BOSTON – The House of Representatives and the Senate have approved legislation calling for the Department of Public Health to expand the amount of data it makes available to the public on the impacts of COVID-19, including the number of residents and staff affected by the novel coronavirus at the state’s nursing homes and the Holyoke and Chelsea Soldiers Homes.
House Bill 4672, An Act addressing COVID-19 data collection and disparities in treatment, also establishes a task force to investigate ways to address health disparities for underserved and underrepresented populations during the global pandemic. The bill was enacted by both legislative branches on May 28.
State Representative Marc Lombardo (R-Billerica) said House Bill 4672 requires DPH to publish a daily report on the COVID-19 data it collects from local boards of health and elder care facilities. He noted that DPH already provides extensive data on COVID-19 testing and fatalities, but said the bill expands how this information is reported.
Under the bill, DPH will be required to report the total number of people who have been tested for, tested positive for, been hospitalized for, or died from COVID-19 within the previous 24 hours, as well as the aggregate number of people who fall into each of these categories dating back to Governor Baker’s March 10 State of Emergency declaration. It also requires DPH to make available the number of known COVID-19 positive cases, as well as the number of known mortalities, among elder care facility residents and staff members.
As an additional reporting requirement, DPH will need to provide a breakdown of COVID-19 testing, hospitalizations and deaths within specific demographic categories, including gender; race; ethnicity; primary residence; age; disability; primary language; occupation; and “any other demographic information that the department deems important to understand the disparate impact of COVID-19 on certain populations.” This data will be compiled and reported by DPH at least every three days.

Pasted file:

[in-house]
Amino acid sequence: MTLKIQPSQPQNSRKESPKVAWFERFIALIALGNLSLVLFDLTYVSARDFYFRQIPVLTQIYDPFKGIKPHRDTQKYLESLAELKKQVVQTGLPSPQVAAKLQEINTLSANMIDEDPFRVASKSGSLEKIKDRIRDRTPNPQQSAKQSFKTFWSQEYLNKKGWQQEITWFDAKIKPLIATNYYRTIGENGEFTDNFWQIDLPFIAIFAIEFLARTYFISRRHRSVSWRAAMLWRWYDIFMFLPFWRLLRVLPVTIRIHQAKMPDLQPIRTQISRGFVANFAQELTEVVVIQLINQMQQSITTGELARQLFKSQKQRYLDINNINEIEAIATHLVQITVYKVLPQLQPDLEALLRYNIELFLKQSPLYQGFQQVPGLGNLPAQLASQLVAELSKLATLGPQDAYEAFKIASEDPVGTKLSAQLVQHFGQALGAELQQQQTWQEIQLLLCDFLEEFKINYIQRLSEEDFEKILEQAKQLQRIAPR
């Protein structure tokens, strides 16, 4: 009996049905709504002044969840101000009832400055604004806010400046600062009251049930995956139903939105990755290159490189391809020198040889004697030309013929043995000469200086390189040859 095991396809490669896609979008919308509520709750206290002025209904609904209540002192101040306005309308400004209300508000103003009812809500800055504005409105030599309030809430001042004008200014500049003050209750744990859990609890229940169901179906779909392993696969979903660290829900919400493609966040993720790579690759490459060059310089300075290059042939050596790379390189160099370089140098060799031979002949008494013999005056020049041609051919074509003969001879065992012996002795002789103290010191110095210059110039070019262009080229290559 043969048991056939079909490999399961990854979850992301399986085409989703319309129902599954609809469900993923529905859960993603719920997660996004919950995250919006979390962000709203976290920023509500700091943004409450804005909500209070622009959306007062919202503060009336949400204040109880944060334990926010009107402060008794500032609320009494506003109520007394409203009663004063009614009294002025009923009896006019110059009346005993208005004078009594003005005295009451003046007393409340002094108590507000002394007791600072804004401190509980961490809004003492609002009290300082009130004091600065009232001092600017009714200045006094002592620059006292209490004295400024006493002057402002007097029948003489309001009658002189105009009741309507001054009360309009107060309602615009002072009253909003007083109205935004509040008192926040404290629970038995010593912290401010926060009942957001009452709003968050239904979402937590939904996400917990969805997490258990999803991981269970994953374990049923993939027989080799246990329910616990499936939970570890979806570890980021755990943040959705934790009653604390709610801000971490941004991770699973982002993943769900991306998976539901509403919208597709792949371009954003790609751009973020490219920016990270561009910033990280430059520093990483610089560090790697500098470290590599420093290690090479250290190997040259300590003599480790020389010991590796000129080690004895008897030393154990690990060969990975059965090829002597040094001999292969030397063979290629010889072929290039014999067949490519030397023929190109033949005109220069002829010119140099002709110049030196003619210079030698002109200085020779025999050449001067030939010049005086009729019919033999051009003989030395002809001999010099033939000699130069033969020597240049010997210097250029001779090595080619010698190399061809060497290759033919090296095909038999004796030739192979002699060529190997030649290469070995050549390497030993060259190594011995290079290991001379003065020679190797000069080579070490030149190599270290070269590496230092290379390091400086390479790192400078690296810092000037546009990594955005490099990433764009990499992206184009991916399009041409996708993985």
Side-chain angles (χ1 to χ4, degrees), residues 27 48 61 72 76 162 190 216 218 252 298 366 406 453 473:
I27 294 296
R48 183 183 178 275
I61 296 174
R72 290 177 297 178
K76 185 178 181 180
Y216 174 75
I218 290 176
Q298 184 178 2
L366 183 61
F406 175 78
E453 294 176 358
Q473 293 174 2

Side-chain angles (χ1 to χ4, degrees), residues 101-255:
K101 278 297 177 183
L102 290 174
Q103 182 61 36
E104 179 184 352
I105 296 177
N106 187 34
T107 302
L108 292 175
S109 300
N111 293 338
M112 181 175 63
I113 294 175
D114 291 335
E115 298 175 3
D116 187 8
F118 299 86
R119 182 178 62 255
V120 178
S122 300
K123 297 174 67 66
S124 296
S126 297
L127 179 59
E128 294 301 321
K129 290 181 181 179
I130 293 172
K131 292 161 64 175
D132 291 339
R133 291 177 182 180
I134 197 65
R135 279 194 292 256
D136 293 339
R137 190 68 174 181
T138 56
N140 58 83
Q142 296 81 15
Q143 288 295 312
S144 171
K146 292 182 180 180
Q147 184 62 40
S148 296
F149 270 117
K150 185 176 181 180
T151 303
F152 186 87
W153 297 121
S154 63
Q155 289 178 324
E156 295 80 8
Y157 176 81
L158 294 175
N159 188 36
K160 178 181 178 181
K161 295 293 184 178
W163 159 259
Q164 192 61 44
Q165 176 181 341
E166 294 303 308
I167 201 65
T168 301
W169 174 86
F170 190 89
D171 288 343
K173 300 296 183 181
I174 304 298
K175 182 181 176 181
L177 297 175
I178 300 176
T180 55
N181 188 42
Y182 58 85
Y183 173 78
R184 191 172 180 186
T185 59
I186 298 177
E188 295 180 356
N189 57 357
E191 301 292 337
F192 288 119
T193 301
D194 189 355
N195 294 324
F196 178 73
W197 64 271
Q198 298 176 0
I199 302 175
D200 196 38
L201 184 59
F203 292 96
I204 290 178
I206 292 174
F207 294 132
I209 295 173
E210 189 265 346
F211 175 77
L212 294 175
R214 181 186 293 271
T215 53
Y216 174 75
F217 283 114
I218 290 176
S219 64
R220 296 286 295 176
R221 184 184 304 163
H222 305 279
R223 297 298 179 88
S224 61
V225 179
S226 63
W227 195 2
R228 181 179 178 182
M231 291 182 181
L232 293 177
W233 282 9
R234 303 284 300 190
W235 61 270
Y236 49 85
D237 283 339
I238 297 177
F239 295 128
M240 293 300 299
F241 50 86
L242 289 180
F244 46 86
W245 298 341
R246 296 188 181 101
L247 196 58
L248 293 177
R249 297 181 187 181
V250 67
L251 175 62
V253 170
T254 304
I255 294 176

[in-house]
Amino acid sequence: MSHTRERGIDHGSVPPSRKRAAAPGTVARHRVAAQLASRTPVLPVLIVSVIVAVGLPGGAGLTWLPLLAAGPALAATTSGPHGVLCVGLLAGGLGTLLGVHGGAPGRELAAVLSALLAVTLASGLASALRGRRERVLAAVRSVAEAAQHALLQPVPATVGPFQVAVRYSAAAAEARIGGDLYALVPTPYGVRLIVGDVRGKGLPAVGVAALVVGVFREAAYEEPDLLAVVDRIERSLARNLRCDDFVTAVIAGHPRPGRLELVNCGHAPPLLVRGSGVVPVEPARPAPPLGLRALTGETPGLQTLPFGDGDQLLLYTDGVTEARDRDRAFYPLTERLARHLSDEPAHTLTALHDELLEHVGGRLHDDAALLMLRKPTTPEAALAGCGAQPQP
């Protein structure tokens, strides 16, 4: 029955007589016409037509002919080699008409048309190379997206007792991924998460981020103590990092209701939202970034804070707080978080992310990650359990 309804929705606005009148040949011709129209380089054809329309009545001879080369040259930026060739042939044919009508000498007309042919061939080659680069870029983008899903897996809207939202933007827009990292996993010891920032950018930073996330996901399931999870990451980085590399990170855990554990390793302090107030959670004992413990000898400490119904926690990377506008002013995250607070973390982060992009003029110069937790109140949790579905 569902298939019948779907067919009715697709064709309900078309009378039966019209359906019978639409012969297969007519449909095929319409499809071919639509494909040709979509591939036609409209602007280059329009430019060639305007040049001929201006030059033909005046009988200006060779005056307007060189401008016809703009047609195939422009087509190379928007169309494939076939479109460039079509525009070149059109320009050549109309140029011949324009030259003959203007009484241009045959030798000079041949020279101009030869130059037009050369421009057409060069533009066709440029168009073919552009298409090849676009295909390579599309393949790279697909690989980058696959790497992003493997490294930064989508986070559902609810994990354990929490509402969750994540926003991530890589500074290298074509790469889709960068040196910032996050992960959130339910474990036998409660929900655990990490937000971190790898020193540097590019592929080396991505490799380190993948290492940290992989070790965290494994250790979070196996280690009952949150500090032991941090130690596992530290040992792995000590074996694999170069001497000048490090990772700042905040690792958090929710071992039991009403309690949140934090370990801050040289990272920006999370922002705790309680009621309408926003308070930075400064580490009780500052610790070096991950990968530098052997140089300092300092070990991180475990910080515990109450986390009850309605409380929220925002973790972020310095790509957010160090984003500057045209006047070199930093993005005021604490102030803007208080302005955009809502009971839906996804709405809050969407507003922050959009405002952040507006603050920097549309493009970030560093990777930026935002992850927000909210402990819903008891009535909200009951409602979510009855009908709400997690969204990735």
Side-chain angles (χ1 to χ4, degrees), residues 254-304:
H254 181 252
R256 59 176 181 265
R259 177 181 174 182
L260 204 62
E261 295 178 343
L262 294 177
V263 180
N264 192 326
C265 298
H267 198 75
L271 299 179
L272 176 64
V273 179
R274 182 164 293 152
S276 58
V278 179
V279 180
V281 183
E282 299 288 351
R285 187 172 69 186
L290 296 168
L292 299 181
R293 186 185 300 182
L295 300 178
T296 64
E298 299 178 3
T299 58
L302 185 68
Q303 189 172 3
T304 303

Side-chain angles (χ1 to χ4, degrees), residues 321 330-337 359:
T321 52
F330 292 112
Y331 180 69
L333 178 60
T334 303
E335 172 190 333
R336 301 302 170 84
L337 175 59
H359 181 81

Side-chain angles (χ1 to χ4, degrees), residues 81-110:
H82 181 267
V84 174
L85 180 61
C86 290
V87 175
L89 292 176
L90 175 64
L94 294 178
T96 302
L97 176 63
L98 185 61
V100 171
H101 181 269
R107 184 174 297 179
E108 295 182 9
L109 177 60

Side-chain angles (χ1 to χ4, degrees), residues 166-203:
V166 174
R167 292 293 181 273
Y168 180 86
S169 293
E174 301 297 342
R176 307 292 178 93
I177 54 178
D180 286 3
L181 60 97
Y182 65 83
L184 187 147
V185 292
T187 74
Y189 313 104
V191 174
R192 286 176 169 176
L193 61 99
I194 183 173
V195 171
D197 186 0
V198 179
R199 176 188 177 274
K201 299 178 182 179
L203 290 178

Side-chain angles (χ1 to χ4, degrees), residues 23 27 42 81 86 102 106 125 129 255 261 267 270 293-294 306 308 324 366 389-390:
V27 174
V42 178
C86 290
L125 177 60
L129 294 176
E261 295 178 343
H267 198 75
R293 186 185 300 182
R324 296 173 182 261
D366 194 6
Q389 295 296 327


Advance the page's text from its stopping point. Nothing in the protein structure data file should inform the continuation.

Representative Lombardo noted that House Bill 4672 also requires elder care facilities to notify residents and their health care proxy, emergency contact, legal guardian or other legally authorized representative by 5 p.m. the next calendar day whenever there is a new confirmed case or mortality due to COVID-19 among residents or staff. The same notification is required whenever three or more residents or staff experience new-onset of respiratory symptoms within the previous 72 hours.
In addition to its expanded reporting provisions, House Bill 4672 establishes a 16-member task force that will provide recommendations for improving safety for populations at increased risk of COVID-19, including employees of businesses providing essential services; residents living in congregate housing and group home facilities; prison inmates; individuals with serious underlying medical conditions that make them more susceptible to the coronavirus; and individuals residing in communities that have been disproportionately impacted by COVID-19. The task force will also explore ways to improve access to quality and equitable health care services and treatment; medical supplies; testing; and informational material on prevention, testing, treatment and recovery in multiple languages.